Last year Facebook shuttered its deals business in an apparent forfeit of the market to Groupon among others. But since closing its first day of trading at $26.11 per share, Groupon’s stock has plummeted to $9.90 as of Friday’s close. And the rest of daily deal industry hasn’t fared any better; 798 deal sites didn’t survive the second half of 2011, according to Fast Company. So why is American Express doubling down on its deals business?
“Our goal is not to bombard customers but to give them relevant offers so that you’ll use the offer,” said Ed Gilligan, vice chairman of American Express. “It’ll be meaningful to you, and the merchants will see more business as a result.”
All daily deal providers claim, or at least should claim, to surface relevant offers for consumers, but AmEx’s cardmember data gives the company a leg up. “We know a lot about our cardmembers. We know who they are, where they spend. In effect what we have is a spend graph,” Gilligan said, likening the spend graph to Facebook’s social graph and Foursquare’s location graph.
To capitalize on its position, AmEx is launching a mobile offer engine at 6:00 p.m. EST on Monday which promises to leverage a cardmember’s spend graph with their location to recommend and rank merchant offers. The more than 3 million cardmembers who have downloaded Amex’s iPhone app are getting the first taste of the mobile offer engine in an update the company has just pushed out. Specifically that update adds a My Offers feature to the Amex app, providing cardmembers a real-time list of nearby deals based on their purchase history and location. If a cardmember wants to claim an offer, they just have to add it to their AmEx card within the app, then use that card when purchasing from the participating merchant either online or offline and AmEx will credit their account with the discount.
Amex is piloting the feature with deals for Los Angeles and New York City but is also including national offers from Dunkin’ Donuts, Baskin-Robbins and FedEx. Gilligan said Amex plans to roll out My Offers to more cities over the next year as well as on a global scale.
Adding offers to the iPhone app is the “logical extension” of three partnerships AmEx introduced over the past year-plus, said Gilligan. Last March Amex piloted its deals program through a partnership with Foursquare during SXSW that offered cardmembers’ discounts when checking into places like a restaurant or coffee shop. That summer Amex launched the “Link, Like, Love” app on Facebook that presented cardmembers with deals based on their Facebook likes and interests. Then this past March Amex began letting members sync their card with their Twitter accounts to tweet merchant-specific hashtags that will load a deal to the member’s enrolled Amex card. Offers from those programs will appear within the iPhone app.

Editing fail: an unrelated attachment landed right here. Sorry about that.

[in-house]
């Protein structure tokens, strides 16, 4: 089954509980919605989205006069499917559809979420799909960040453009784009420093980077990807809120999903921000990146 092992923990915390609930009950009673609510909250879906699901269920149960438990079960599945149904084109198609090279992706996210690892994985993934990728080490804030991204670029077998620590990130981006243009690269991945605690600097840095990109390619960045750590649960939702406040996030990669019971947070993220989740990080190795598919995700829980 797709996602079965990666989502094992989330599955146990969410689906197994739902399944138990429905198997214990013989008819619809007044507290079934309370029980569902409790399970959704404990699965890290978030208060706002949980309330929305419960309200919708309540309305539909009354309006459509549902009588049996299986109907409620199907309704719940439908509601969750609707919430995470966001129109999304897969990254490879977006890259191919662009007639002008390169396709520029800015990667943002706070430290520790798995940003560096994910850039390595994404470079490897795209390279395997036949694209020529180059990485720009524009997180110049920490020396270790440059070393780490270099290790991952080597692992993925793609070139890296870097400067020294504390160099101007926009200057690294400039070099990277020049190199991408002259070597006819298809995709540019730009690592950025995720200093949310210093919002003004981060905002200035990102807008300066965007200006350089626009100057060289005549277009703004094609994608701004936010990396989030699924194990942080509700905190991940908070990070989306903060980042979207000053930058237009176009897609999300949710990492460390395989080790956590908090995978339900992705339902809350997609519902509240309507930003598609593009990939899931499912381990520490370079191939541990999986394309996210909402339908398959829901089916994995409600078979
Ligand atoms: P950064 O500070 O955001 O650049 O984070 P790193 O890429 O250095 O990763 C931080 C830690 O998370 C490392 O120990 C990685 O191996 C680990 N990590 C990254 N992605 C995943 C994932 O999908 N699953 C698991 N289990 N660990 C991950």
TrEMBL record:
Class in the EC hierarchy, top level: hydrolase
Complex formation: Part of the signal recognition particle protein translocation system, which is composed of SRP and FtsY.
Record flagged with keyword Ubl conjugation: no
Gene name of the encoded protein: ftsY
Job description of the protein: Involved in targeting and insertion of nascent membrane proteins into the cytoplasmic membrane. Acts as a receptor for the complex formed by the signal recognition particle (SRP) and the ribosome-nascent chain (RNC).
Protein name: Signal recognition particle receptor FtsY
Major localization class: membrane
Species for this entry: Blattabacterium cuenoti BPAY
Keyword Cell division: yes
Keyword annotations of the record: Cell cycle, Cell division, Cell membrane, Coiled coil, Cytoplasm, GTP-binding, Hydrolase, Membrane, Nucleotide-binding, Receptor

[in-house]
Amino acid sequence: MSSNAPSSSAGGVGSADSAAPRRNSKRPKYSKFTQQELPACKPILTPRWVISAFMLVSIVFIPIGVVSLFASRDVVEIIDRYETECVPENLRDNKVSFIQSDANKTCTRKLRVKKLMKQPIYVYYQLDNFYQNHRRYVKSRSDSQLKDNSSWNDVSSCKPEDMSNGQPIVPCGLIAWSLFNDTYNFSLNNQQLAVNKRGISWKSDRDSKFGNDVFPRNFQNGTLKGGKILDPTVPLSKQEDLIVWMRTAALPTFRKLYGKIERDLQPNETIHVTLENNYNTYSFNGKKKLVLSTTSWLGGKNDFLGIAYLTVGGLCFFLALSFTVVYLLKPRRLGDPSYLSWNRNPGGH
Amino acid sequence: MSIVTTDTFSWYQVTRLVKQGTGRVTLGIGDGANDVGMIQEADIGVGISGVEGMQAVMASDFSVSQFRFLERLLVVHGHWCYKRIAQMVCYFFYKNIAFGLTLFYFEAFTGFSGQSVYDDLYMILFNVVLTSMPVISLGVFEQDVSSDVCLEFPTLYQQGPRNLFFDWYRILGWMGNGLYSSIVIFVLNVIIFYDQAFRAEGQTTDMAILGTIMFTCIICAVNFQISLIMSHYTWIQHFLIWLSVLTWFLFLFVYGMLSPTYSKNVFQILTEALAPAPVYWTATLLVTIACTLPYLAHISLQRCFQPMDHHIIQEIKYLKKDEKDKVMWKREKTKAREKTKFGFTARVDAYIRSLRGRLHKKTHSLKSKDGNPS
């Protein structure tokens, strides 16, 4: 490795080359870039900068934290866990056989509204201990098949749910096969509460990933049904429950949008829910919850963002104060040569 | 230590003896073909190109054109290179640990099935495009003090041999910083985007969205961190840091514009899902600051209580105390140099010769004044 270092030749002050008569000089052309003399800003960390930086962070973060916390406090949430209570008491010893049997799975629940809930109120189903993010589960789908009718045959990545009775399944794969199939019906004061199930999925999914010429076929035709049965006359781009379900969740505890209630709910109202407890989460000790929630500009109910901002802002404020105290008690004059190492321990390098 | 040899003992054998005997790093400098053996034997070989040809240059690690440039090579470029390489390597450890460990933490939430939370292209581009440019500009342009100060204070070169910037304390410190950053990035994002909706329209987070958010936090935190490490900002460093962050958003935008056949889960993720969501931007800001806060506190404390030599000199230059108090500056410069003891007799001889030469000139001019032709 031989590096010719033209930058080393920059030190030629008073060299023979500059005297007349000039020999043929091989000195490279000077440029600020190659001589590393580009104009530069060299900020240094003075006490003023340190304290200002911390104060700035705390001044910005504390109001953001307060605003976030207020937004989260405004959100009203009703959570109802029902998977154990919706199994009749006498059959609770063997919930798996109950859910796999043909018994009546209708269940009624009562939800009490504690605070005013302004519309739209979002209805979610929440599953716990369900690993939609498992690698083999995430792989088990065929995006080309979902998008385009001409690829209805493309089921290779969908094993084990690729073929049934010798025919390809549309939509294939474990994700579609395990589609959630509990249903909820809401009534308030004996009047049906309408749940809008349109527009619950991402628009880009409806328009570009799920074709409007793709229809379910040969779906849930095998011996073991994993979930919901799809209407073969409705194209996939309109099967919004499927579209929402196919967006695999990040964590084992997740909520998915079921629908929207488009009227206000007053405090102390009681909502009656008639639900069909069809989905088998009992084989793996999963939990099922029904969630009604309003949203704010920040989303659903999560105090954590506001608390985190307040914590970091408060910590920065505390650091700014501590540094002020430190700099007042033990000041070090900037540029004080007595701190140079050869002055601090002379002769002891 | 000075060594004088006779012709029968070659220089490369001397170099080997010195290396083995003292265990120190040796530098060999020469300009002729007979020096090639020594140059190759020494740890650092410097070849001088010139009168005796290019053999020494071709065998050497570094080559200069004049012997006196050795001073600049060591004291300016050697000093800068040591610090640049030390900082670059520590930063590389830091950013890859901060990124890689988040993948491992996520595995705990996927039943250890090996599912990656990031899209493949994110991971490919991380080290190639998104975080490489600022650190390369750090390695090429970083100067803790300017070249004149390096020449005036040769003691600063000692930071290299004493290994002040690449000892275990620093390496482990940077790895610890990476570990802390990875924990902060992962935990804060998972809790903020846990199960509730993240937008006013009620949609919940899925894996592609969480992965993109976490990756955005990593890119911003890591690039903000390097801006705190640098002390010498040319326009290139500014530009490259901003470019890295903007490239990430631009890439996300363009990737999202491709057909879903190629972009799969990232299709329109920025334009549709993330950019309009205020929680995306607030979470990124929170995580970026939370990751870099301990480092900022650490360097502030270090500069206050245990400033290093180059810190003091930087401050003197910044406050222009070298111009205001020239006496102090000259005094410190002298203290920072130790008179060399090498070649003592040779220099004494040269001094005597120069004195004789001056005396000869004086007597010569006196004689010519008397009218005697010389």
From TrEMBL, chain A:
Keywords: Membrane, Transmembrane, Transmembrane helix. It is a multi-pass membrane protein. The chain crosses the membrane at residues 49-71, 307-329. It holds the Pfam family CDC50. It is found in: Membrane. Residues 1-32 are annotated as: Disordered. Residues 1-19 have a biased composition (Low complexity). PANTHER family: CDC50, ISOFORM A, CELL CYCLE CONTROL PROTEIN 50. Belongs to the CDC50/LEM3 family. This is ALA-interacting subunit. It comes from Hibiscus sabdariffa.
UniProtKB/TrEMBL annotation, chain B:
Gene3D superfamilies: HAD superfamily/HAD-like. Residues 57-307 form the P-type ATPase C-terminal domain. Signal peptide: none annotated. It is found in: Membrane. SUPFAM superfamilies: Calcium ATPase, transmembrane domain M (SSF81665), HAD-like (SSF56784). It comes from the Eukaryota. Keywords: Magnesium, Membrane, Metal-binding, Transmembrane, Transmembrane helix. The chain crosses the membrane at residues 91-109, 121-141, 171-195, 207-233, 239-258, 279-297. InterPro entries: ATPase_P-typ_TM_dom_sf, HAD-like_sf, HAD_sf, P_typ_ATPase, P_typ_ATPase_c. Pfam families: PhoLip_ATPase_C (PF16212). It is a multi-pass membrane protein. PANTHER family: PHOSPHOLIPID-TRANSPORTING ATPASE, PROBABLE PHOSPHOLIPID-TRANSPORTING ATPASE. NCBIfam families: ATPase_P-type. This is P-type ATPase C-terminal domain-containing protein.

While the a cardmember’s spend graph is arguably the most significant personalization signal, it’s not the only data point AmEx will consider in personalizing deals. Location and merchant data can be just as valuable, said Luke Gebb, the company’s vp of global network marketing. For example, a restaurant may be a couple towns over from where a cardmember’s located, but AmEx can see if most of that restaurant’s customers are out-of-towners and therefore score it higher in the cardmembers’ My Offers list despite the distance.
Using the spend graph in conjunction with the location of cardmembers’ iPhones to recommend deals should help Amex avoid criticism over deals not being relevant (something that has plagued many daily deal companies). Groupon, for one, has been besieged with complaints such as guys being presented with deals for Brazilian bikini waxes. In a letter to shareholders last week, Groupon CEO Andrew Mason said its emails have seen 50 percent higher purchase rates when offers are included based on its SmartDeals personalization algorithm, but conceded that the personalization process is still in its early stages.
But Amex isn’t relying solely on purchase history and location to ensure, say, a 23-year-old doesn’t receive offers for denture repair. As cardmembers peruse deals in the app, they can thumb-up or -down any offer if it’s not to their liking, informing which deals Amex will surface for that cardmember in the future.
Within the app cardmembers can view what offers they’ve loaded to their card(s), how much they’ve saved from offers used and what offers have expired. The company is working on a notification system that would alert members when an offer is close to expiring, Gebb said.
IPhone owners aren’t the only mobile cardmembers getting new features this week. Gebb said Amex will be introducing a geofenced SMS text message service for non-iPhone-owning cardmembers. Members who opt in to the service will get pinged when they walk in the vicinity of a merchant offering a deal. If the member wants the deal, he or she will reply to the text, make the corresponding purchase with their Amex card and receive a text confirming the discount. Amex is also looking at rolling out location-based alerts to iPhone users that could be triggered when a member swipes his or her card.
“So if you just had lunch, it may be that we notify you of a retail offer, or if you have a retail transaction, we notify you of coffee,” Gebb said.
Coupled with the mobile offer engine launch, Amex has improved the Go Social offer entry tool. In addition to viewing performance numbers like how many customers redeemed an offer and what was the size of the average purchase, merchants can now set objectives such as whether they want to target the offer to as many cardmembers as possible or limit it to members who haven’t purchased from the merchant in the past 12 months or those who are more regular customers.